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RUSH: This presidential campaign is unlike anything anybody has seen, and it’s really hard to handicap.  I also saw something else. I think this was Friday.  As I was flying back home from my two-day business trip, I think it was Friday.  Dana Perino — I was telling Mr. Snerdley, did you see this?  You didn’t see.  It was on The Five, I think.  Or it might have been a show on Fox where she he was a guest analyst or commentator.  But she delivered a commentary or she made a statement that she just looked really in pain. 

It looked like the last thing she wanted to say, and what she told people was, if you think the polls are wrong, they’re not.  The polls are right.  And you had better get with the program and understand it and admit it, otherwise you’re lying to yourself.  She said, I did the same thing back in 2012.  I thought the polls were undersampled of Republicans, oversampled Democrats.  I thought everything was wrong. I thought Romney was gonna win by six points at least. I thought the polls had it all wrong for a host of reasons, and the polls ended up being dead-on right.  And I’m never doing that again, she said. I’m never gonna look at polling data and automatically throw it out, particularly when you’ve got 34, 35 polls right now that show a Hillary victory of one size or another. She said the polls are not wrong. 

She looked at the camera said (paraphrasing), “I will never lie to you.  I can’t lie to you now.”  And you could tell she was uncomfortable with it because the assumption was that her audience doesn’t want to hear this.  I mean, she’s on Fox News.  And the assumption in her heart I’m sure was, the audience wants to hear every day, “These polls are wrong, you don’t fall for it, you keep your chin up, keep thinking positive, we’re gonna show everybody.”  She couldn’t do that anymore, she said.  The polls are right.  It’s not looking good.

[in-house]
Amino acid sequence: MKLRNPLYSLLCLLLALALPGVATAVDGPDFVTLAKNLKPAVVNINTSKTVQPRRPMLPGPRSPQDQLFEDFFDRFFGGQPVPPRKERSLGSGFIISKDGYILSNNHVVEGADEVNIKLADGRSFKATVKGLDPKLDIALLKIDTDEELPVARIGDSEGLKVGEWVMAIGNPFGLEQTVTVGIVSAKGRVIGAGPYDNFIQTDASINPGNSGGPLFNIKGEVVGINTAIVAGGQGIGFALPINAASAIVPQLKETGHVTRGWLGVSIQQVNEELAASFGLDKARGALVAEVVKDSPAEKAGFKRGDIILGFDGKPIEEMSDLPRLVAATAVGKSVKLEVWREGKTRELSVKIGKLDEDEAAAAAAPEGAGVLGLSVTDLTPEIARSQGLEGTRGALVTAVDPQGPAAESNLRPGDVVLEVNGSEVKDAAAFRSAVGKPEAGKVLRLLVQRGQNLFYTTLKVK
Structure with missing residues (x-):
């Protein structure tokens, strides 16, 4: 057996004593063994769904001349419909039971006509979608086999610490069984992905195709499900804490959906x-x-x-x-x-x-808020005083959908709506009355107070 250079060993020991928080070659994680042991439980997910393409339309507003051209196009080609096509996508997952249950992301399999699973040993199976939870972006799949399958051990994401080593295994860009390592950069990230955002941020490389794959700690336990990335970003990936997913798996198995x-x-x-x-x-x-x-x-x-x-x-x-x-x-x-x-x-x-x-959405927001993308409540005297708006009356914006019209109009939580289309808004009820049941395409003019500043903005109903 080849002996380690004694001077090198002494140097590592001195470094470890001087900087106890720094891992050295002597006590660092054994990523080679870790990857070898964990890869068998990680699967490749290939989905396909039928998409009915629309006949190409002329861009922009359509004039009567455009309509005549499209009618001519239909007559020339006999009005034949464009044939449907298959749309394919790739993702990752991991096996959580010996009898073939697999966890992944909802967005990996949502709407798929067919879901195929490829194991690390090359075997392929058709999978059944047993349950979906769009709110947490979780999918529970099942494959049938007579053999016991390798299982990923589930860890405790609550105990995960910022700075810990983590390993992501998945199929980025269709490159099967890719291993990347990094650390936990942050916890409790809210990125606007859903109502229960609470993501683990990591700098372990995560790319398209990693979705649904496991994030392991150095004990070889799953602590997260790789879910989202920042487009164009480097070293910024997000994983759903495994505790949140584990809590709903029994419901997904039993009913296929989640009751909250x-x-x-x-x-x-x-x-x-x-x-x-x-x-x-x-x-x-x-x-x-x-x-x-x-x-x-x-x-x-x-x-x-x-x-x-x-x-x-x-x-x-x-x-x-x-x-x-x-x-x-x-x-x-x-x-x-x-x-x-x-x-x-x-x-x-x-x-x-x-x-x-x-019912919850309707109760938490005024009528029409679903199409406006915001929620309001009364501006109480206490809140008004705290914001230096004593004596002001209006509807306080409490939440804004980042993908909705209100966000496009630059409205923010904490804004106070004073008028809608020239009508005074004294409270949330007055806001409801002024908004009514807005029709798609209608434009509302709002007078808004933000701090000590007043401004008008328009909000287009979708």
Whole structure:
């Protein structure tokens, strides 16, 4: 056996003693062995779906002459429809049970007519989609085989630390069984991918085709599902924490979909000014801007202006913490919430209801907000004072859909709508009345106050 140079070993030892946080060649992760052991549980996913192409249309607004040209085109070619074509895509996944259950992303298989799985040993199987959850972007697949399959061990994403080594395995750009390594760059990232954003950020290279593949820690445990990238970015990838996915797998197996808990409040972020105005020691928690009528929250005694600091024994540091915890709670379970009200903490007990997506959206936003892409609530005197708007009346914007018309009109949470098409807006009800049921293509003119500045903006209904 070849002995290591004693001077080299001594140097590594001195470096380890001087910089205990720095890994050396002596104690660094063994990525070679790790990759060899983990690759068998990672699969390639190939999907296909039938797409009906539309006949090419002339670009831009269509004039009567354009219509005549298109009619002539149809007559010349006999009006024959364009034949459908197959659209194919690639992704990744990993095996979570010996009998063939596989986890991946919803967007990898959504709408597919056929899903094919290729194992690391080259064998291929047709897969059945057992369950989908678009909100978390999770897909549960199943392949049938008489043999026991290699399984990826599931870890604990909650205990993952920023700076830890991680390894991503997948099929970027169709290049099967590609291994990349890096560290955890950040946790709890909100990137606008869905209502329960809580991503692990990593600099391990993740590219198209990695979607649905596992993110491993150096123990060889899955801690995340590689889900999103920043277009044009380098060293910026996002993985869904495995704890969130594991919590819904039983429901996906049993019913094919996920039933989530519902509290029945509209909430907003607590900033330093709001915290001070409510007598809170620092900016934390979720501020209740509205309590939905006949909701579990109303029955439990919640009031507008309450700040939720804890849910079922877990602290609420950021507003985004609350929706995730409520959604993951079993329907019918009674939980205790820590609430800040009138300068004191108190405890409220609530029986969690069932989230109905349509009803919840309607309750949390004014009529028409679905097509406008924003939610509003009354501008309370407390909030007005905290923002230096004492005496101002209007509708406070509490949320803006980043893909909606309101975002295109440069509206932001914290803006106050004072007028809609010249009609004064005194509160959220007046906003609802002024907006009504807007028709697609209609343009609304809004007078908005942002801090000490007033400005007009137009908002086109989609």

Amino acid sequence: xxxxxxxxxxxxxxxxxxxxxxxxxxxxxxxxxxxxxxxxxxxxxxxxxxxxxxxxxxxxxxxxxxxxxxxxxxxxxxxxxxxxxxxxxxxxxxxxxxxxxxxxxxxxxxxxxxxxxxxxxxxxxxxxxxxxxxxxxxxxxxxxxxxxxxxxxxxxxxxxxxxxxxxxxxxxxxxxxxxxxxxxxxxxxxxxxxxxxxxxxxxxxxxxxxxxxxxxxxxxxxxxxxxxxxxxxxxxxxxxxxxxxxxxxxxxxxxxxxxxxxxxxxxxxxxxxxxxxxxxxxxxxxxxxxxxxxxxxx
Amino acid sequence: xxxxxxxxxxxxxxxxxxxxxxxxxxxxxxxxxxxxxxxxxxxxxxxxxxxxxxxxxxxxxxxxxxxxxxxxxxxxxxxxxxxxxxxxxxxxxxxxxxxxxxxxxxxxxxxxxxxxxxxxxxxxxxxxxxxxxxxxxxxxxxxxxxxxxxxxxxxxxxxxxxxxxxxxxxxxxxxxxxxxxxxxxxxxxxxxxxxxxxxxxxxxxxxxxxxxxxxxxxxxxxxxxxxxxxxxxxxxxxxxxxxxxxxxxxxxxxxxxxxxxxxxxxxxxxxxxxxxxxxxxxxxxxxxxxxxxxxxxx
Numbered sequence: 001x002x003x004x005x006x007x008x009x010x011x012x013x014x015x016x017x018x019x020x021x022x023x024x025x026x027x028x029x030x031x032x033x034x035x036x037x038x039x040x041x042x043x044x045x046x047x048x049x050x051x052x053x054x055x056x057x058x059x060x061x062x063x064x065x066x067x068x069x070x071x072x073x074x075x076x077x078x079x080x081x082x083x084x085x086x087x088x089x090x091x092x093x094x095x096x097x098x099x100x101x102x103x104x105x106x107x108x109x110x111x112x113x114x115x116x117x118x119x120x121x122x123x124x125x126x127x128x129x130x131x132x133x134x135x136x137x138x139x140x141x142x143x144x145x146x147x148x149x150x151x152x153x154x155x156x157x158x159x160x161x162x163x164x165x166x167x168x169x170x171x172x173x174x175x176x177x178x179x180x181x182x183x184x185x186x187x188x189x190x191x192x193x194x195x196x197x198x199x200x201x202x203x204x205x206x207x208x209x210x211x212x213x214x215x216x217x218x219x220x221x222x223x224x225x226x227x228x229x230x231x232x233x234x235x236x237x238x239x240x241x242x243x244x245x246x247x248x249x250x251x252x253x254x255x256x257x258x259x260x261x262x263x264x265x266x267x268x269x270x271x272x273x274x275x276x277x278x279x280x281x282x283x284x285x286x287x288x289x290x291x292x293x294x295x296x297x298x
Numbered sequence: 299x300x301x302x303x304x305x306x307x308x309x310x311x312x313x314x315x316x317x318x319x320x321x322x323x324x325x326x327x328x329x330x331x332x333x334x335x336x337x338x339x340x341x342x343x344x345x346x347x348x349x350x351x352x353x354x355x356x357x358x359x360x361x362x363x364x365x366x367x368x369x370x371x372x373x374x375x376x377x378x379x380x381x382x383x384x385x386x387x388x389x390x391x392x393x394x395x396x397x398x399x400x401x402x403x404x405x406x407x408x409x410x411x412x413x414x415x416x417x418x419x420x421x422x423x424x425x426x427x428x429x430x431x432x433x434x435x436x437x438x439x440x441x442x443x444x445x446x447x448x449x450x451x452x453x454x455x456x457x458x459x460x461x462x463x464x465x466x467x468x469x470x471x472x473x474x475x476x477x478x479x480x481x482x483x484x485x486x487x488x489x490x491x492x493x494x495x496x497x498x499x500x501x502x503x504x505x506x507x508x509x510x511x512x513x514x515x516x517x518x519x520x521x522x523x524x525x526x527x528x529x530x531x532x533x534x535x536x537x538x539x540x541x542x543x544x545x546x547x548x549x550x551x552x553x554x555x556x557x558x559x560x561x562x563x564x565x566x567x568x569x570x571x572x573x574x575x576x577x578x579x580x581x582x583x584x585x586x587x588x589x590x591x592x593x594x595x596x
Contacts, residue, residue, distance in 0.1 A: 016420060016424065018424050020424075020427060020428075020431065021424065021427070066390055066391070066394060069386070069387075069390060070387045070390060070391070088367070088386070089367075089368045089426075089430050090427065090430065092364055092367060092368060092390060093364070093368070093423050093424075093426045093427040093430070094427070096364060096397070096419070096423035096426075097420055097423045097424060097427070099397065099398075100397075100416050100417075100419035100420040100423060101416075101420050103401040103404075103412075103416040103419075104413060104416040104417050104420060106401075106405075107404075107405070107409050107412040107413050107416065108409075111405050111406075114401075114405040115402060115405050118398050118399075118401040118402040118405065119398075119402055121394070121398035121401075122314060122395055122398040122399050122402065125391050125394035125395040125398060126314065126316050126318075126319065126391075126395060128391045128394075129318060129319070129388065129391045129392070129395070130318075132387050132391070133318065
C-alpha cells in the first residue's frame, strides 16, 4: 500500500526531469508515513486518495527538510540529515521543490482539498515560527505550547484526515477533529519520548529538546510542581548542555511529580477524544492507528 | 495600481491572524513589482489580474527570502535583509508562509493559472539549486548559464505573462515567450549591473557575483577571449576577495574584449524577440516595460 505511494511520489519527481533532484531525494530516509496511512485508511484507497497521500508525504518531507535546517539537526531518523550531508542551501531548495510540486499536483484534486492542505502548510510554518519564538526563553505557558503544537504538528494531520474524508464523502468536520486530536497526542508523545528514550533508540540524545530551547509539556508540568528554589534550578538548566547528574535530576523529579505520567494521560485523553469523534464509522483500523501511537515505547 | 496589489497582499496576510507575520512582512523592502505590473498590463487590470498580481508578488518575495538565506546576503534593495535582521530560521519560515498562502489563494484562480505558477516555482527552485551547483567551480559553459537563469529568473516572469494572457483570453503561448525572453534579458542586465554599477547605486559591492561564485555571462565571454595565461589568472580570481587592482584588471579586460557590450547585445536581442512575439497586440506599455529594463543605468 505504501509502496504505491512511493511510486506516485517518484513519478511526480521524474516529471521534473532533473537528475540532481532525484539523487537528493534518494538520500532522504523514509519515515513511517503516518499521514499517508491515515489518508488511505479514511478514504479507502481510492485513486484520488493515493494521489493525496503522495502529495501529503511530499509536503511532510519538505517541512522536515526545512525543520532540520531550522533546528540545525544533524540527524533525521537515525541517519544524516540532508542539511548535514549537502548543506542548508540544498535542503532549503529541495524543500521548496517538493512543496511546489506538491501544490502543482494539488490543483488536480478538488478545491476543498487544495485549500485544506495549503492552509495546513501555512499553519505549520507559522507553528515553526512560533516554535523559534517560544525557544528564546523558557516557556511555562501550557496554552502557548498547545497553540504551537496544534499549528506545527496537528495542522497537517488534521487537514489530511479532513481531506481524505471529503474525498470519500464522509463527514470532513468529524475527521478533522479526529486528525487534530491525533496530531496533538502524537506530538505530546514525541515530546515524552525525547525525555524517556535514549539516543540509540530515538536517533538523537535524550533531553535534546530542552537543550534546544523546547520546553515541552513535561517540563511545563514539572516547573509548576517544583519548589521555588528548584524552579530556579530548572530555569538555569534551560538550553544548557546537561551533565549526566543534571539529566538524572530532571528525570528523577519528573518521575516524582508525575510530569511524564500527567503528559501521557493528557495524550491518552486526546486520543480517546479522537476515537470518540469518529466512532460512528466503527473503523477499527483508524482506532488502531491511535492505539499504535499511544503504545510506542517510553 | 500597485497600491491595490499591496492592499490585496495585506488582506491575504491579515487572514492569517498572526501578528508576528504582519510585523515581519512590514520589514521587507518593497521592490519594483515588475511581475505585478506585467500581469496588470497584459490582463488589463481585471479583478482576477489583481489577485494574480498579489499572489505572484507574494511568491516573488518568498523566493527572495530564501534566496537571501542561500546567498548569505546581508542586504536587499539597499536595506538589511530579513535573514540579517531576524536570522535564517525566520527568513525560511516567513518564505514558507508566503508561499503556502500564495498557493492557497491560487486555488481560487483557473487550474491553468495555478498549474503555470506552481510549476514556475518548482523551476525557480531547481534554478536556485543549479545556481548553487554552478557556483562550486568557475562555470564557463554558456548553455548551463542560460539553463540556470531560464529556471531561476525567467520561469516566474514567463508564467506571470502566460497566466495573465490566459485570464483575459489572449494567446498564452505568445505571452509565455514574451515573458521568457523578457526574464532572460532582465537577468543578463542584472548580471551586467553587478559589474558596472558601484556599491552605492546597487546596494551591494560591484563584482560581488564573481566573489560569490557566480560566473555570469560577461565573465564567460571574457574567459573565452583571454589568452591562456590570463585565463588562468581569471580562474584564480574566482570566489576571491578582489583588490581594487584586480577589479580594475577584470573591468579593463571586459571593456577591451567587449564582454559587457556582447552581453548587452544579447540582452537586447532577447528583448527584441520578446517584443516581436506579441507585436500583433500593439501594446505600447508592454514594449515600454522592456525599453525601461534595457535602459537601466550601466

Well, there is movement in the polls, folks.  And even old Nate Silver, the FiveThirtyEight, is saying this thing’s not over yet.  Trump is beginning to trend in the right direction.  Other poll analysts are pointing this out as well but then asking, is it too late for this?  Is there enough time, can Trump continue this trend, can Trump continue to tighten the race? 

And then there are a couple of polls that show Trump up. That new LA Times poll done with USC has Trump up, after being down by three.  This is the poll the week of the Democrat convention Trump was up seven. Lost that lead through the Democrat convention and a week and a half after. Then it tied, then Hillary went ahead by three in that poll.  Now Trump’s back up by half point. 

This is the poll that has 3,000 people, 400 of whom never change, and they take the poll every day, report the results at midnight every night on the Left Coast so it’s three a.m. Eastern time when they update it, and Trump’s back in the lead by a half point or a point.  There’s a Rasmussen poll, a couple of others I think that have Trump up anywhere from a point to three points. But the vast majority still have Hillary winning.  And it’s fascinating, Hillary’s not doing anything. 

Hillary’s not going on TV. She’s not doing any campaign appearances, but it is fascinating, they’re almost panicked in the Hillary camp about fundraising.  They’re sending out fundraising letters as though they’re in the middle of a crisis.  It’s weird.  But you know what it’s clear, folks?  You’ve got the Democrats, there’s a story in the Washington Post, Hillary’s already starting to work on her presidential agenda.  Hillary’s donors and Hillary’s campaign advisers and Hillary’s potential cabinet members are all getting together and starting to plan out the presidential agenda.